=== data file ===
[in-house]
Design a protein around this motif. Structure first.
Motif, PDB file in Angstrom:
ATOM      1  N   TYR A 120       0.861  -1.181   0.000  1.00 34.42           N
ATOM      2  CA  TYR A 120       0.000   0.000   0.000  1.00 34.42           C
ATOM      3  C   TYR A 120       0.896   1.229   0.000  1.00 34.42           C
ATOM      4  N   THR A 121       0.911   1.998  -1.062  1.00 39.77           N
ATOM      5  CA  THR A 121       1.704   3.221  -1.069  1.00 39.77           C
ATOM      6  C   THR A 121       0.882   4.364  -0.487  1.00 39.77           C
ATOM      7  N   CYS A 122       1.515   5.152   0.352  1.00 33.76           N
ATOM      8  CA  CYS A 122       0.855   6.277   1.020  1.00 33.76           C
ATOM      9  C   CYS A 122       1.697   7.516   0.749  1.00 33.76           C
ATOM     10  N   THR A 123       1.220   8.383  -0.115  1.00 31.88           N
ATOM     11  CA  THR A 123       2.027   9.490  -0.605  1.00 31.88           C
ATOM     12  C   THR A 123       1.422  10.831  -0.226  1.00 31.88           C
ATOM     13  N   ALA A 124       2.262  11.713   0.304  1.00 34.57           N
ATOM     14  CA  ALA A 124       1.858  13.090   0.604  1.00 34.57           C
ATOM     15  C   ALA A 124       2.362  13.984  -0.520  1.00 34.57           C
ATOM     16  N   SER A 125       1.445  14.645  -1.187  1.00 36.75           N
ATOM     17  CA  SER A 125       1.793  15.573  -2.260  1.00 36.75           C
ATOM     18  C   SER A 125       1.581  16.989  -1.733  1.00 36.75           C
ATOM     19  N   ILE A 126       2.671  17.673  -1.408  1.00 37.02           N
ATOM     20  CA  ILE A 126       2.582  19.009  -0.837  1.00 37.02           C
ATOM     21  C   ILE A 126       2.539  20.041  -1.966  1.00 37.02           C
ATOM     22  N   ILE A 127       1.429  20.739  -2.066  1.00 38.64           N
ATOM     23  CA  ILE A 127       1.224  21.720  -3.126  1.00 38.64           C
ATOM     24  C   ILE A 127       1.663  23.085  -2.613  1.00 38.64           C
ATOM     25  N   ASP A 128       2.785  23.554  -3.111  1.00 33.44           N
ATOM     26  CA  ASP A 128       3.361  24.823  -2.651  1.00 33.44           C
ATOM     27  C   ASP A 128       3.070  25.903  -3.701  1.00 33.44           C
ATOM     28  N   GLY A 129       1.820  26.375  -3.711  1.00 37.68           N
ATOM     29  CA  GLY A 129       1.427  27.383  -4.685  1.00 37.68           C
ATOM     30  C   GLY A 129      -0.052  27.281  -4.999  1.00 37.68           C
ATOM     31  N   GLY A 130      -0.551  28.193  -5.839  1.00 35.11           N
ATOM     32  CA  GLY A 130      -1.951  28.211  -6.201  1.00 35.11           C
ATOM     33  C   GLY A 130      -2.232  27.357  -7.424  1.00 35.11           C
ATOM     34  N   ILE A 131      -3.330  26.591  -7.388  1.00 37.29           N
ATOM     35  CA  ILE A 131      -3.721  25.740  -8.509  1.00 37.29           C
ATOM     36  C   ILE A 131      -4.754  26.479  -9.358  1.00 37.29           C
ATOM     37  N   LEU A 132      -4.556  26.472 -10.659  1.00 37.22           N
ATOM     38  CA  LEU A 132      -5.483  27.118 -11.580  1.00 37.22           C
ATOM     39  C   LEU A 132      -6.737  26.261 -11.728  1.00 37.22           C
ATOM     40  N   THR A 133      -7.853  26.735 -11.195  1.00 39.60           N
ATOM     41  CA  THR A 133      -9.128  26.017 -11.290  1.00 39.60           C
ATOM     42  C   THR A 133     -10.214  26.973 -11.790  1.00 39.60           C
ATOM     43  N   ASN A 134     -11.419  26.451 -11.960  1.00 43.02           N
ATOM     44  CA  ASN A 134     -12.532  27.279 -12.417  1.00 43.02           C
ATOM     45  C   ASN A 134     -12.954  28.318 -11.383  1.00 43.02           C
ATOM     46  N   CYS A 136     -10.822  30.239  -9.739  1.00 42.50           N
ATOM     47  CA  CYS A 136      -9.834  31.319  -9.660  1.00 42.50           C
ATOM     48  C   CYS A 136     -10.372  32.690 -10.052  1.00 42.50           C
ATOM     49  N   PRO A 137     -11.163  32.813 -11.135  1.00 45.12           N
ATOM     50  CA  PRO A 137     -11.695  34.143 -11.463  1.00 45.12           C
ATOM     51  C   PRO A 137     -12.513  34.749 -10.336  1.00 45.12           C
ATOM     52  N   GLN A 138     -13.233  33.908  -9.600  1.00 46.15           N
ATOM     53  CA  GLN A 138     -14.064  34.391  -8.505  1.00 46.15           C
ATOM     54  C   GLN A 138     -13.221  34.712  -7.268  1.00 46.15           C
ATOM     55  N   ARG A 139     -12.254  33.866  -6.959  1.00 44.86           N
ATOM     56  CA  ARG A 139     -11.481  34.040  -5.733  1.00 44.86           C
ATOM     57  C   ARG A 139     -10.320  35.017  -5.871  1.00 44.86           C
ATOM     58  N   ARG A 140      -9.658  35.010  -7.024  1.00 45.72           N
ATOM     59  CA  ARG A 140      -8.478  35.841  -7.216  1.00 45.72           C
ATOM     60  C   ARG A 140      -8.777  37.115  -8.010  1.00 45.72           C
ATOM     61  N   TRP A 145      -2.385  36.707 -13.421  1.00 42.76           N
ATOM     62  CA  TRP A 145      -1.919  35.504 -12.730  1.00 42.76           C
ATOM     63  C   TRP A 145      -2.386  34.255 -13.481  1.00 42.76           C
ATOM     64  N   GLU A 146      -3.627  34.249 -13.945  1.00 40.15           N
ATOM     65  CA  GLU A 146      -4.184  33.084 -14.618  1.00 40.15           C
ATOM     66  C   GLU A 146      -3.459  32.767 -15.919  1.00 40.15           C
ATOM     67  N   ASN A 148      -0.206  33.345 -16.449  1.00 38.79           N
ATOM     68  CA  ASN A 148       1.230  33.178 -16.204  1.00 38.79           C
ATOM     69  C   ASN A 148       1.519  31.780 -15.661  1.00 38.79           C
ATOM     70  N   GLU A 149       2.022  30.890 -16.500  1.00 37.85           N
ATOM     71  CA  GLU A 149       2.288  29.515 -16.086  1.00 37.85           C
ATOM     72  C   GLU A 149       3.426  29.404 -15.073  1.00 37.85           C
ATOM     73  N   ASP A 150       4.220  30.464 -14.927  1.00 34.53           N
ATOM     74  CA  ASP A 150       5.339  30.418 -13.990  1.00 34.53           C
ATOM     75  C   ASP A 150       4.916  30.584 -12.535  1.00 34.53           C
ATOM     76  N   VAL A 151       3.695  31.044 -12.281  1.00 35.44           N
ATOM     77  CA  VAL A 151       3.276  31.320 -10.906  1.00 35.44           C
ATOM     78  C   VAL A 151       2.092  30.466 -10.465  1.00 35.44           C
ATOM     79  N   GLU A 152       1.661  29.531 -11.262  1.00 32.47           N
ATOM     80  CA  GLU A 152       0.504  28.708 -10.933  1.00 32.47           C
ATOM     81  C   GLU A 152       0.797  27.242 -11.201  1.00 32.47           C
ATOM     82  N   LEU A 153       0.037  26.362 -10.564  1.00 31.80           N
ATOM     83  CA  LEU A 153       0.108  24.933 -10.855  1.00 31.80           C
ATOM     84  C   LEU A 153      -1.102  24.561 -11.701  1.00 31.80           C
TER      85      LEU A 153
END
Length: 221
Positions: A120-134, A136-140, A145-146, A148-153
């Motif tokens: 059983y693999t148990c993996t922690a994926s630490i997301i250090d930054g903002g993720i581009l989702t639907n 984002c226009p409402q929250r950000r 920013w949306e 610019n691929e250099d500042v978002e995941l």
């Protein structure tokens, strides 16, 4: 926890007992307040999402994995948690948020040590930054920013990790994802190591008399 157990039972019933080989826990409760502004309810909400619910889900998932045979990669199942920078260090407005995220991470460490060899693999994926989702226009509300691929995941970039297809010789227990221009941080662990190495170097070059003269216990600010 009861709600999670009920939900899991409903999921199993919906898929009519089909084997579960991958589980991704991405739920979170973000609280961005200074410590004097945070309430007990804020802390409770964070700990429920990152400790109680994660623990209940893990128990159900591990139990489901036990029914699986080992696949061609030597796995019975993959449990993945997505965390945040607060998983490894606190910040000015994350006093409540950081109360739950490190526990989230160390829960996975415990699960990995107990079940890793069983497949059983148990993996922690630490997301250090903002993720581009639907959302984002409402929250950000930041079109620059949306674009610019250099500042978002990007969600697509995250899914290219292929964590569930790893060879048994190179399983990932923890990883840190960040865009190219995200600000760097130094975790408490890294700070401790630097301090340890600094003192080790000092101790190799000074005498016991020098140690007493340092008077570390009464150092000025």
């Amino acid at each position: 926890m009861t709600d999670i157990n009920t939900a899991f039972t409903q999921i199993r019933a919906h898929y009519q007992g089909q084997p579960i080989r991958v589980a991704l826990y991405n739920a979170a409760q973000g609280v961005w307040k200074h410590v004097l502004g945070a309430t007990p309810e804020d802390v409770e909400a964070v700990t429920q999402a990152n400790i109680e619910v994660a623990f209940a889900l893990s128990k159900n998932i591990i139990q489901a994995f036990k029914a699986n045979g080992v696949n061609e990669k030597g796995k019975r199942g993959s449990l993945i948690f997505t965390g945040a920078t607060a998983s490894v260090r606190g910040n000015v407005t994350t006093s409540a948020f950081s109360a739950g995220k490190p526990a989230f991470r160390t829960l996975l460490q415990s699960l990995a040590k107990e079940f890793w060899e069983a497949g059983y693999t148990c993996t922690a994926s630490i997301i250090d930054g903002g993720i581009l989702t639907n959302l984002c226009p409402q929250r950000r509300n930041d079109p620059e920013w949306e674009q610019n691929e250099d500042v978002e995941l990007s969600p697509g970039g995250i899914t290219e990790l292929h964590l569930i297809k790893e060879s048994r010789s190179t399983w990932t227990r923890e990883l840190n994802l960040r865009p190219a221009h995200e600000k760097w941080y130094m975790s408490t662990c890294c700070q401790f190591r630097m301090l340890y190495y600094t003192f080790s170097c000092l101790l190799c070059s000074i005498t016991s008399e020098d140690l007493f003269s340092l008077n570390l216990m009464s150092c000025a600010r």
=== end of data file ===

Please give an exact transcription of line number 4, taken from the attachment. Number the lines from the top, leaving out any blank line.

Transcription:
ATOM      1  N   TYR A 120       0.861  -1.181   0.000  1.00 34.42           N